Despite recent steps by the federal government to open the armed forces to gays and lesbians, veterans with same-sex spouses cannot receive benefits for their husbands and wives.
That disparity is the subject of a lawsuit filed in Washington D.C.'s Court of Appeals for Veteran's Claims.
Carmen Cardona, who is now a state Department of Corrections officer at Niantic, says she is entitled to an extra $120 a month for her and her wife. The U.S. Navy and the Veterans Affairs administration says it can't legally recognize her marriage because of the Defense of Marriage Act, and because Veterans Affairs regulations define a "spouse" as someone who is the opposite sex.
For Cardona, who stayed in the closet for the 12 years she served in the Navy, it was a shock to find the repeal of "don't ask, don't tell" did not also allow her to get benefits for her wife.
"I was really surprised, because they got rid of 'don't ask, don't tell,'" Cardona says. "I grew up with that in the military. But when that happened, I thought it would be no problem for me to get benefits for my wife. I was really surprised and upset at the same time. Now that we have the right to serve openly, we should have the right to get the same benefits."
Randy Noller, a spokesman for Veteran's Affairs, says he cannot comment on the lawsuit. He did, however, say VA lawyers are analyzing Cardona's argument and responding to it in briefs.
The letter Cardona received denying her benefits sheds a little more light on the case:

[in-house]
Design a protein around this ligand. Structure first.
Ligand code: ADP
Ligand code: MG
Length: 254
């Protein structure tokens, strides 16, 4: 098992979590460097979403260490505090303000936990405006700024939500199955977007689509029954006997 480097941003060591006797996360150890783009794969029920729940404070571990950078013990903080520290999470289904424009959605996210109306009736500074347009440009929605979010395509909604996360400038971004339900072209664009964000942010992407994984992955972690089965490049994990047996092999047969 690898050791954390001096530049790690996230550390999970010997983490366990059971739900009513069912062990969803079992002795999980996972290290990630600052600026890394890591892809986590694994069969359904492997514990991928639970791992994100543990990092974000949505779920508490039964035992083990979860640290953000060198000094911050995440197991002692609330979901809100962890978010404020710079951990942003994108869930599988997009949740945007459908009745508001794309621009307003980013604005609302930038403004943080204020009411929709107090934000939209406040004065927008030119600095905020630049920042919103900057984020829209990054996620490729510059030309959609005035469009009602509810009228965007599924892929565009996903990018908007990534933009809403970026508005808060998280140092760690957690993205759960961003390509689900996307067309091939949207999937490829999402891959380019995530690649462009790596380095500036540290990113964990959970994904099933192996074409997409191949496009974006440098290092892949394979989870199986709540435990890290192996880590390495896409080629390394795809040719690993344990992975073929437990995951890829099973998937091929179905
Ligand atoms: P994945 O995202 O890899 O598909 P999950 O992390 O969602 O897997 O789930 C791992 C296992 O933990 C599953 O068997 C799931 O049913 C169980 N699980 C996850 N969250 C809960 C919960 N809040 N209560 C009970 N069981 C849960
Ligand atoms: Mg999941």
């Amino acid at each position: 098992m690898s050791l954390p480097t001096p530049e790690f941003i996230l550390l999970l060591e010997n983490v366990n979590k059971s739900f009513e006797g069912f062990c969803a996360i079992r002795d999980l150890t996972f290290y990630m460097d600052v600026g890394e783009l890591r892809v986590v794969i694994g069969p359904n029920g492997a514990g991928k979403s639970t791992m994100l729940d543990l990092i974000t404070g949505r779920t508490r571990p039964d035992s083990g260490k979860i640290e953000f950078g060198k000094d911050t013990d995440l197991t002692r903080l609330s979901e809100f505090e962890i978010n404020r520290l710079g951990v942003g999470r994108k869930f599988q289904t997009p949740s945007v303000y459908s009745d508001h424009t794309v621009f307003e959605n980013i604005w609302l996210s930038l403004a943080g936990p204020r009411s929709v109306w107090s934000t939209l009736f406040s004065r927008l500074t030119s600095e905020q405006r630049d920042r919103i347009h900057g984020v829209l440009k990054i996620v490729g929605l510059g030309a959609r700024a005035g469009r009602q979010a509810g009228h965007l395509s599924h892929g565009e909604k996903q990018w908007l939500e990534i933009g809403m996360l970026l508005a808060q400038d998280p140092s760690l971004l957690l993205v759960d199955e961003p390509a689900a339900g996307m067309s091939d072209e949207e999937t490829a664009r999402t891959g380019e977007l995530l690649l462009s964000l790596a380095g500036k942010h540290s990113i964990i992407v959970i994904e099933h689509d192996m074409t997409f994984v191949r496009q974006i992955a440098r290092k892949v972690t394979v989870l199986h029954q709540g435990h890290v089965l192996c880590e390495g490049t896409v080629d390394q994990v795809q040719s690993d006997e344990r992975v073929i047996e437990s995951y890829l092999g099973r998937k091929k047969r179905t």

"The Board acknowledges and is sympathetic to the arguments advanced by the Veteran, especially in light of her honorable service. The Board also fully recognizes the sensitivity of the subject of same-sex marriage, as well as the popularity and political nature of this issue. However, VA law governing the definition of 'spouse' is clear and specific, and the Board is bound by that law."
Jack Mordente is director of veterans services at Southern Connecticut State University, says it appears as though the Veteran's Affairs board has not caught up to the new reality of post-"don't ask, don't tell" military culture.
"In my experience, this is a first," Mordente says. "It's unprecedented, they just rescinded 'don't ask, don't tell,' and again, from what I know, the VA, with its regulations, are not set up to deal with claims like this. It's happening as we speak."
Cardona left the Navy in 2000 on an honorable discharge, but started to experience difficulties resulting from carpel tunnel syndrome as far back as 1994. When she got married in May 2010, she applied for benefits available to all heterosexual married couples. Cardona estimates those benefits are worth about $120 a month.
Cardona is represented by students at the Yale Veterans Legal Services Clinic. This lawsuit is substantially different from the work they normally do. The clinic has never represented a gay or lesbian veteran applying for benefits. The clinic has also never made a constitutional challenge to change the Veteran's Affairs policy, says second year law student Sofia Nelson.
"Ms. Cardona and her wife have been denied benefits solely because of their sexual orientation," Nelson says. "Which is a violation of the equal protection guarantee of the Constitution."